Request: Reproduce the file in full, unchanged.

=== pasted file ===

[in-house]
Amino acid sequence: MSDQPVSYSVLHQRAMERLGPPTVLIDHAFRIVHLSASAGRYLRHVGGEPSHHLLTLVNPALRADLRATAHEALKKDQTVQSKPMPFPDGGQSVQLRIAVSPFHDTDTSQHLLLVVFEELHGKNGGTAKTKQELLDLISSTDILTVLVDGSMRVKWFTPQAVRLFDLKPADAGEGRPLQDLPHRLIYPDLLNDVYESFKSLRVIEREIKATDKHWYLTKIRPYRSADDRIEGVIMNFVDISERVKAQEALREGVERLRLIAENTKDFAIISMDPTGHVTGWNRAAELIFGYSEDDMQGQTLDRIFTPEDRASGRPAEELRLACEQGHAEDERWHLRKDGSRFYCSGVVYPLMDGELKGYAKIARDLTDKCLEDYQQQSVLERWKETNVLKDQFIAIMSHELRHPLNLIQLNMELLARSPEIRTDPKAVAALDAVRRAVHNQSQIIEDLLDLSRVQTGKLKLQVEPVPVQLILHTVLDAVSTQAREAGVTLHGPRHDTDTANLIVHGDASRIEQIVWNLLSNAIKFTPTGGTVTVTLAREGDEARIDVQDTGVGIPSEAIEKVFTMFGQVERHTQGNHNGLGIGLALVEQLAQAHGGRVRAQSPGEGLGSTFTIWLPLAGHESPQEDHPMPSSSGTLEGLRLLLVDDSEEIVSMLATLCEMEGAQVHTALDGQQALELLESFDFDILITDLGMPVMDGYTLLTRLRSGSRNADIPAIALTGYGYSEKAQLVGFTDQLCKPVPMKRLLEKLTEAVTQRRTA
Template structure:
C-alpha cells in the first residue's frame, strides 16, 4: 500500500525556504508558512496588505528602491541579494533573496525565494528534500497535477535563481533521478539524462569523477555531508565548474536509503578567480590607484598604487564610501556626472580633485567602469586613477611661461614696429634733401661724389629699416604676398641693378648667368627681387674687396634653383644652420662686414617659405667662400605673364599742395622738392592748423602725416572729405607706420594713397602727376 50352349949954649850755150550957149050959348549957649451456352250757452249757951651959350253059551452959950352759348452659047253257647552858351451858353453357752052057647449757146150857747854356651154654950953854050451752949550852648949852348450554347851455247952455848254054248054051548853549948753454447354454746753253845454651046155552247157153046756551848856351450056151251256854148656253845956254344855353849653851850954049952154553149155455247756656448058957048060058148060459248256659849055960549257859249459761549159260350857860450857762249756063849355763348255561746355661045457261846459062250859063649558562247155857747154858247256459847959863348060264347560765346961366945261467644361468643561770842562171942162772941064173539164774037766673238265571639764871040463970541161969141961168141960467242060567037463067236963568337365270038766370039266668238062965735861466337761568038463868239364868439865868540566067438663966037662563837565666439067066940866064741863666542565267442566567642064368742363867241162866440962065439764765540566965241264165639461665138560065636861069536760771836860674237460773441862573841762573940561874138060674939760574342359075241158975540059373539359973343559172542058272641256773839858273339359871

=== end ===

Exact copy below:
[in-house]
Amino acid sequence: MSDQPVSYSVLHQRAMERLGPPTVLIDHAFRIVHLSASAGRYLRHVGGEPSHHLLTLVNPALRADLRATAHEALKKDQTVQSKPMPFPDGGQSVQLRIAVSPFHDTDTSQHLLLVVFEELHGKNGGTAKTKQELLDLISSTDILTVLVDGSMRVKWFTPQAVRLFDLKPADAGEGRPLQDLPHRLIYPDLLNDVYESFKSLRVIEREIKATDKHWYLTKIRPYRSADDRIEGVIMNFVDISERVKAQEALREGVERLRLIAENTKDFAIISMDPTGHVTGWNRAAELIFGYSEDDMQGQTLDRIFTPEDRASGRPAEELRLACEQGHAEDERWHLRKDGSRFYCSGVVYPLMDGELKGYAKIARDLTDKCLEDYQQQSVLERWKETNVLKDQFIAIMSHELRHPLNLIQLNMELLARSPEIRTDPKAVAALDAVRRAVHNQSQIIEDLLDLSRVQTGKLKLQVEPVPVQLILHTVLDAVSTQAREAGVTLHGPRHDTDTANLIVHGDASRIEQIVWNLLSNAIKFTPTGGTVTVTLAREGDEARIDVQDTGVGIPSEAIEKVFTMFGQVERHTQGNHNGLGIGLALVEQLAQAHGGRVRAQSPGEGLGSTFTIWLPLAGHESPQEDHPMPSSSGTLEGLRLLLVDDSEEIVSMLATLCEMEGAQVHTALDGQQALELLESFDFDILITDLGMPVMDGYTLLTRLRSGSRNADIPAIALTGYGYSEKAQLVGFTDQLCKPVPMKRLLEKLTEAVTQRRTA
Template structure:
C-alpha cells in the first residue's frame, strides 16, 4: 500500500525556504508558512496588505528602491541579494533573496525565494528534500497535477535563481533521478539524462569523477555531508565548474536509503578567480590607484598604487564610501556626472580633485567602469586613477611661461614696429634733401661724389629699416604676398641693378648667368627681387674687396634653383644652420662686414617659405667662400605673364599742395622738392592748423602725416572729405607706420594713397602727376 50352349949954649850755150550957149050959348549957649451456352250757452249757951651959350253059551452959950352759348452659047253257647552858351451858353453357752052057647449757146150857747854356651154654950953854050451752949550852648949852348450554347851455247952455848254054248054051548853549948753454447354454746753253845454651046155552247157153046756551848856351450056151251256854148656253845956254344855353849653851850954049952154553149155455247756656448058957048060058148060459248256659849055960549257859249459761549159260350857860450857762249756063849355763348255561746355661045457261846459062250859063649558562247155857747154858247256459847959863348060264347560765346961366945261467644361468643561770842562171942162772941064173539164774037766673238265571639764871040463970541161969141961168141960467242060567037463067236963568337365270038766370039266668238062965735861466337761568038463868239364868439865868540566067438663966037662563837565666439067066940866064741863666542565267442566567642064368742363867241162866440962065439764765540566965241264165639461665138560065636861069536760771836860674237460773441862573841762573940561874138060674939760574342359075241158975540059373539359973343559172542058272641256773839858273339359871